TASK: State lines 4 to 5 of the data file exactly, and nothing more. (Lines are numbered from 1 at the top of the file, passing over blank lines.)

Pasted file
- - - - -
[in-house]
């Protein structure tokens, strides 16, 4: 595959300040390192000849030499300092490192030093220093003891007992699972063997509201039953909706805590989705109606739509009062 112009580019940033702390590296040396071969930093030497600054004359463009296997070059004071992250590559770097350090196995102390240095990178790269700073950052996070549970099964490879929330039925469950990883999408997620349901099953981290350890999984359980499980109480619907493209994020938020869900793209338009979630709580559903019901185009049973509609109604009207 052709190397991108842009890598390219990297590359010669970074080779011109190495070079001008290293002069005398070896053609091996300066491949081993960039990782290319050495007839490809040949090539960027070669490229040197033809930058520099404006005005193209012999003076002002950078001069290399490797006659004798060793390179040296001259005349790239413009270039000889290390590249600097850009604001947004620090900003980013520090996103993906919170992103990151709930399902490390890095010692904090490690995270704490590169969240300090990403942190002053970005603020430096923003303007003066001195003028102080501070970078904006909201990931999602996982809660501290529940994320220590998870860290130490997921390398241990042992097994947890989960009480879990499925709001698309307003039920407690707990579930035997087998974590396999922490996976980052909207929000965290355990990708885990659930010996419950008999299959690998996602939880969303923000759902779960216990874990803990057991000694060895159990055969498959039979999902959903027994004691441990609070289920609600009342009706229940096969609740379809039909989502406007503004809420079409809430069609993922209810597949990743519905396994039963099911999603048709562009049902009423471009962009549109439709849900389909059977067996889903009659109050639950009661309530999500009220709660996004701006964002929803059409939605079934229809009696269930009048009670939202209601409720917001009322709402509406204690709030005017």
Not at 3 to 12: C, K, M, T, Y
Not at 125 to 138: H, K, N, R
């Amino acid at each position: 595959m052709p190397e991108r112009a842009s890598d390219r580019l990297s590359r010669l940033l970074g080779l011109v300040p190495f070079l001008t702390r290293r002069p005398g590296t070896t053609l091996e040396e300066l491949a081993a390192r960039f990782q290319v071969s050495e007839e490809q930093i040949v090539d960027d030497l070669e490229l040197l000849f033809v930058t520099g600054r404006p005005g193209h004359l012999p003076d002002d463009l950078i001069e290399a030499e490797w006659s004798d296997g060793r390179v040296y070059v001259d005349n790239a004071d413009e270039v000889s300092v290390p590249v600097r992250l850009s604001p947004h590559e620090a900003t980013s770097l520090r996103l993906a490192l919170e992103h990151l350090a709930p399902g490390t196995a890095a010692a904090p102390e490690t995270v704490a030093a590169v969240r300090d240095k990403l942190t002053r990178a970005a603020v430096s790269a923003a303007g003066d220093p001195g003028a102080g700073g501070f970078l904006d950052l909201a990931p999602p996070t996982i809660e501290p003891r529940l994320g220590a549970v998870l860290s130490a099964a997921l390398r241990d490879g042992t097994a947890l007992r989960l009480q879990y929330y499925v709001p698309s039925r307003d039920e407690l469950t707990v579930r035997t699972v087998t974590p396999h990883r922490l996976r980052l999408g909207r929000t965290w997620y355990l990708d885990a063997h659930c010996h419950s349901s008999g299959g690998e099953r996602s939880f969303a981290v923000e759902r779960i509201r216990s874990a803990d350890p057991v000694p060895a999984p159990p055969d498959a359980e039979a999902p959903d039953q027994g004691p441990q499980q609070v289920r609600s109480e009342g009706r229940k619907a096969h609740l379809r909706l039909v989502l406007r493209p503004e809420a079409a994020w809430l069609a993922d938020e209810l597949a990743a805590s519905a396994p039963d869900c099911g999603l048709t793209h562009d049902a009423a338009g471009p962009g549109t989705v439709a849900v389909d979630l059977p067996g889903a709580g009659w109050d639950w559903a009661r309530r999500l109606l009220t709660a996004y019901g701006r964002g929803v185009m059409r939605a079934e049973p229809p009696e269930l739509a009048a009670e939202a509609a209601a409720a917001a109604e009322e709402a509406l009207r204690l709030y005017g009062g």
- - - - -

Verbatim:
Not at 125 to 138: H, K, N, R
């Amino acid at each position: 595959m052709p190397e991108r112009a842009s890598d390219r580019l990297s590359r010669l940033l970074g080779l011109v300040p190495f070079l001008t702390r290293r002069p005398g590296t070896t053609l091996e040396e300066l491949a081993a390192r960039f990782q290319v071969s050495e007839e490809q930093i040949v090539d960027d030497l070669e490229l040197l000849f033809v930058t520099g600054r404006p005005g193209h004359l012999p003076d002002d463009l950078i001069e290399a030499e490797w006659s004798d296997g060793r390179v040296y070059v001259d005349n790239a004071d413009e270039v000889s300092v290390p590249v600097r992250l850009s604001p947004h590559e620090a900003t980013s770097l520090r996103l993906a490192l919170e992103h990151l350090a709930p399902g490390t196995a890095a010692a904090p102390e490690t995270v704490a030093a590169v969240r300090d240095k990403l942190t002053r990178a970005a603020v430096s790269a923003a303007g003066d220093p001195g003028a102080g700073g501070f970078l904006d950052l909201a990931p999602p996070t996982i809660e501290p003891r529940l994320g220590a549970v998870l860290s130490a099964a997921l390398r241990d490879g042992t097994a947890l007992r989960l009480q879990y929330y499925v709001p698309s039925r307003d039920e407690l469950t707990v579930r035997t699972v087998t974590p396999h990883r922490l996976r980052l999408g909207r929000t965290w997620y355990l990708d885990a063997h659930c010996h419950s349901s008999g299959g690998e099953r996602s939880f969303a981290v923000e759902r779960i509201r216990s874990a803990d350890p057991v000694p060895a999984p159990p055969d498959a359980e039979a999902p959903d039953q027994g004691p441990q499980q609070v289920r609600s109480e009342g009706r229940k619907a096969h609740l379809r909706l039909v989502l406007r493209p503004e809420a079409a994020w809430l069609a993922d938020e209810l597949a990743a805590s519905a396994p039963d869900c099911g999603l048709t793209h562009d049902a009423a338009g471009p962009g549109t989705v439709a849900v389909d979630l059977p067996g889903a709580g009659w109050d639950w559903a009661r309530r999500l109606l009220t709660a996004y019901g701006r964002g929803v185009m059409r939605a079934e049973p229809p009696e269930l739509a009048a009670e939202a509609a209601a409720a917001a109604e009322e709402a509406l009207r204690l709030y005017g009062g």